It is possible to climb White Rock Pinnacle, Dead Horse Point, South Wilson, and the main summit all in one outing.  The others, though, are approached by different routes and would likely be sole objectives for most climbers.

The Wilson Massif, Dawn
The Wilson Massif, Dawn

Mt. Wilson
Mt. Wilson

Technical Routes

The following pages have information on several technical rock routes on Mount Wilson:
This route is not attached to either of the two above pages: 

Getting There

Where you park depends on the route you want to use.
 
Take Charleston Boulevard (SR 159) west through Summerlin.  After the development abruptly ends and the desert begins, drive a few miles to the well-marked entrance to the Scenic Drive.  If you are using one of the routes via Oak Creek Canyon, you can turn off here and drive the one-way road for about 12 of its 13 miles to the trailhead for Oak Creek Canyon.  This involves paying a fee at the entrance station; curves, hills, cyclists, and slow drivers will be factors as well.

The exit from the Scenic Drive is about three miles farther along 159.  You can avoid the fee and the one-way loop drive by parking at the unmarked but easily seen trailhead for North Oak Creek Trail located along SR 159 a short distance west of the loop drive's exit.  This, of course, adds some hiking distance each way-- 0.9 mi.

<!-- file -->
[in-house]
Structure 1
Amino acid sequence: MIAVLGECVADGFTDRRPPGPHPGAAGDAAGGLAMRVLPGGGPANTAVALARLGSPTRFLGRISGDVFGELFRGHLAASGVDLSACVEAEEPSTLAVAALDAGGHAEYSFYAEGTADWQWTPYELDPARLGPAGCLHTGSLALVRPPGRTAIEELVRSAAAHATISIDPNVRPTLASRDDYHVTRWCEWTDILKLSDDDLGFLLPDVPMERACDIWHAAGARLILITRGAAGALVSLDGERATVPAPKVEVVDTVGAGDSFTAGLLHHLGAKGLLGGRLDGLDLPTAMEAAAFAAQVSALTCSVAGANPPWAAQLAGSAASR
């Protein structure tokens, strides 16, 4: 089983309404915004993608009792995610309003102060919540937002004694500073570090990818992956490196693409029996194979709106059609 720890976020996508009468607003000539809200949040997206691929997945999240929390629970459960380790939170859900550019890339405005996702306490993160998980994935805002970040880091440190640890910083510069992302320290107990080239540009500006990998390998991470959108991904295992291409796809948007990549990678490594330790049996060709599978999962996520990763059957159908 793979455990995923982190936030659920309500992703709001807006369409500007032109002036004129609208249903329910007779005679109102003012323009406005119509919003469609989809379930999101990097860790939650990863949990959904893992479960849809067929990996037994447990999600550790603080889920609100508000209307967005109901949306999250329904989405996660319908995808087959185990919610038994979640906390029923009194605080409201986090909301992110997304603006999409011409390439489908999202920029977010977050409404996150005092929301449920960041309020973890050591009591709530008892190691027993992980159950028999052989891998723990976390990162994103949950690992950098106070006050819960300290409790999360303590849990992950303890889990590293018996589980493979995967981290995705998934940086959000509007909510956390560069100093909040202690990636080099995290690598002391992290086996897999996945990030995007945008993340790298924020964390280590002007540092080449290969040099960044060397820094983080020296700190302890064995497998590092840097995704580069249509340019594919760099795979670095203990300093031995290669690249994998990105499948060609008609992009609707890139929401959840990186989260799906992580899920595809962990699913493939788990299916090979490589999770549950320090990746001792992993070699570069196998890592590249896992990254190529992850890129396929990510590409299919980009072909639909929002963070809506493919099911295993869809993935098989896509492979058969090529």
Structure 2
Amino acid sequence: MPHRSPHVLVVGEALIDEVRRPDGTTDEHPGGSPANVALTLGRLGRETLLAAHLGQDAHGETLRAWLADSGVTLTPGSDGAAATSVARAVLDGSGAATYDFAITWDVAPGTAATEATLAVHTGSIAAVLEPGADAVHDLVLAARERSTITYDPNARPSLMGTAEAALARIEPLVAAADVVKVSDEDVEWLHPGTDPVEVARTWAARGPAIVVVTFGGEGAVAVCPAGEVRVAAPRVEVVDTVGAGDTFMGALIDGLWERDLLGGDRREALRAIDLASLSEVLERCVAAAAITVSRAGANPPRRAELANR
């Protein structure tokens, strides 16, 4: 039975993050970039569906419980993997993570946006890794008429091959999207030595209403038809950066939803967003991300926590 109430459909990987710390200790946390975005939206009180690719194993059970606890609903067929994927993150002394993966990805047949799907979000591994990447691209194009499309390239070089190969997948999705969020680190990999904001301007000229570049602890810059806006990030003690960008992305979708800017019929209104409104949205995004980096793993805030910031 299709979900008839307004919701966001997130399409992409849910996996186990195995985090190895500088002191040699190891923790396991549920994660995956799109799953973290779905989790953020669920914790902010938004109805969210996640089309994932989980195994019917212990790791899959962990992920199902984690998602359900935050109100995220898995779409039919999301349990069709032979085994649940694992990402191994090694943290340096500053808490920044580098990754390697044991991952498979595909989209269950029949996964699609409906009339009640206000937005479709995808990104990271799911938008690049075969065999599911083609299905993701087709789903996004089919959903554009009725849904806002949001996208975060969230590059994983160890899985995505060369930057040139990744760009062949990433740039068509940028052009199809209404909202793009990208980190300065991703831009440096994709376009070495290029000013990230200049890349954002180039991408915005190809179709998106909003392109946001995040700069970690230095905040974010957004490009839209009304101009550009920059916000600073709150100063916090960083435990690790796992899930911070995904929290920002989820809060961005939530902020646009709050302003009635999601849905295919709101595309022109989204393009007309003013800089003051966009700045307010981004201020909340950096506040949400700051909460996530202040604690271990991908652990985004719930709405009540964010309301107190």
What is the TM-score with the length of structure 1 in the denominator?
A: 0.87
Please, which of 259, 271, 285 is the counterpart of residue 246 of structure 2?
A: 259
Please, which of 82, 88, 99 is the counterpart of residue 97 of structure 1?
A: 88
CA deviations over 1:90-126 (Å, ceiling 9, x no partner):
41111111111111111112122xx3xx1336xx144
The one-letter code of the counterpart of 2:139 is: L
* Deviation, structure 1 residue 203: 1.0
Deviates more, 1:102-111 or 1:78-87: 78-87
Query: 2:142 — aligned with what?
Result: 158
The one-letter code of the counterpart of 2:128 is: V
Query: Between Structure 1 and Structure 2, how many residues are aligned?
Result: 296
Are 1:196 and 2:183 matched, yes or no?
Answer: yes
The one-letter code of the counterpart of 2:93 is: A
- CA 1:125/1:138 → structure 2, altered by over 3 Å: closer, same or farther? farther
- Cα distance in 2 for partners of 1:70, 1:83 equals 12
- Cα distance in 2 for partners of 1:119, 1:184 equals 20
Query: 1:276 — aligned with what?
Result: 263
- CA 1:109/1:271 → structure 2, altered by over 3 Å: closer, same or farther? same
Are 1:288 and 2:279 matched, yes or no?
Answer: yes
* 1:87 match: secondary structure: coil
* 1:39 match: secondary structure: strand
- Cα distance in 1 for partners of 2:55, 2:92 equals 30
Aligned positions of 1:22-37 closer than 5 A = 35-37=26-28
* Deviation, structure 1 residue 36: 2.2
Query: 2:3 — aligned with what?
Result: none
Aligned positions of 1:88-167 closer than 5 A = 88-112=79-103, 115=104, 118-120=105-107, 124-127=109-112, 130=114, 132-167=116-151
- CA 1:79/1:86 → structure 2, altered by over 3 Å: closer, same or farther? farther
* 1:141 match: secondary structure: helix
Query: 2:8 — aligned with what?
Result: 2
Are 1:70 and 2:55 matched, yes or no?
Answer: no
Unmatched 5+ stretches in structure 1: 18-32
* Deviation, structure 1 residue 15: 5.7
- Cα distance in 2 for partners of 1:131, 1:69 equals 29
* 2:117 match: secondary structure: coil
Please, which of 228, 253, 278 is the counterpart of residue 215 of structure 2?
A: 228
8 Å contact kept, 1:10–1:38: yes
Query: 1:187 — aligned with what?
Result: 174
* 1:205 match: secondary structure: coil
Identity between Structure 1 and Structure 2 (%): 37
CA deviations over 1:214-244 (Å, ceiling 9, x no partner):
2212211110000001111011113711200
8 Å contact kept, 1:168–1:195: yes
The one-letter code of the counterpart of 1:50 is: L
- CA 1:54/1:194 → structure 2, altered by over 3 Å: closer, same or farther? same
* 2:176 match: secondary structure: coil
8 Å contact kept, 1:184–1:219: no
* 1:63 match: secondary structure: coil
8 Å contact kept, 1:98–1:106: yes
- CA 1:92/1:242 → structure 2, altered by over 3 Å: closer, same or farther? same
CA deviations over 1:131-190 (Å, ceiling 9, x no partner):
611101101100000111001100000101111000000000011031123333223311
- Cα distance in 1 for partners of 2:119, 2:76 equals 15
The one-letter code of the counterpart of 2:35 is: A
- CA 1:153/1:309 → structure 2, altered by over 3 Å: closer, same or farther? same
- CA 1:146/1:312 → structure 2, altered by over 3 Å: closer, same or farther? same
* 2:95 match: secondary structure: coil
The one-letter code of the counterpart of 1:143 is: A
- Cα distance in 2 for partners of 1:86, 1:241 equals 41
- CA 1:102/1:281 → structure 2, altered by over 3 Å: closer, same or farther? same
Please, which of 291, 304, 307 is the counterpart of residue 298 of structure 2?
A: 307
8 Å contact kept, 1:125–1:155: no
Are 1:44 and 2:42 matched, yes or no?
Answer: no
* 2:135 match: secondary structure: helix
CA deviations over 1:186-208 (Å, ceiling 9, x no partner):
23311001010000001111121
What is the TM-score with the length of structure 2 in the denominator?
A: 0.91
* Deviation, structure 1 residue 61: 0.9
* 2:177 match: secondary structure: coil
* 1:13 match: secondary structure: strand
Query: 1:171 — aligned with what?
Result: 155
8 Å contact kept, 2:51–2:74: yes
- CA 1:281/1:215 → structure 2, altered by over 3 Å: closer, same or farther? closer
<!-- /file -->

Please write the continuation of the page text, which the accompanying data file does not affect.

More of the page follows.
Hiking in from the signed Oak Creek Canyon TH off 159, which reaches the canyon via South Oak Creek Trail and the Chinle Trail, adds 1.5 mi each way-- definitely not recommended unless the other TH off 159 is closed for some reason.

If you are using one of the routes from First Creek Canyon, continue on just about a mile along 159 and find the roadside trailhead for that canyon.  This, too, involves no fees.

When To Climb

Spring and fall are the best.  Winter is not bad, but temperatures can be cold and the canyons can be icy.  Summer ascents are not advisable because even with a predawn start, you are likely to be caught in the scorching heat during the return.  The canyons can offer shade and running water, but the exposed sandstone is like an oven.

Red Tape

Scenic Drive--

There is a daily entrance fee of $7 per vehicle (2013). Annual and interagency passes are available (the Interagency Pass, AKA the America the Beautiful Pass, grants access to all federal fee areas for a year).

Hours the Scenic Drive is open:

13-Mile Scenic Drive 
November through February 6 a.m. to 5 p.m.
March  6 a.m. to 7 p.m.
April through September 6 a.m. to 8 p.m.
October  6 a.m. to 7 p.m.

Note: these hours are subject to change.  To be safe and sure, contact the park before visiting.

The BLM (the agency that manages this area) allows dogs in the backcountry. Please keep them leashed and pick up their feces.

Camping

There are no campgrounds off the Scenic Drive in RRCNCA. There is a campground outside it, though; see here for more details. Bivouacs and backcountry camping are permitted, but with permits and restrictions. Use the link at the end of this page to find out more.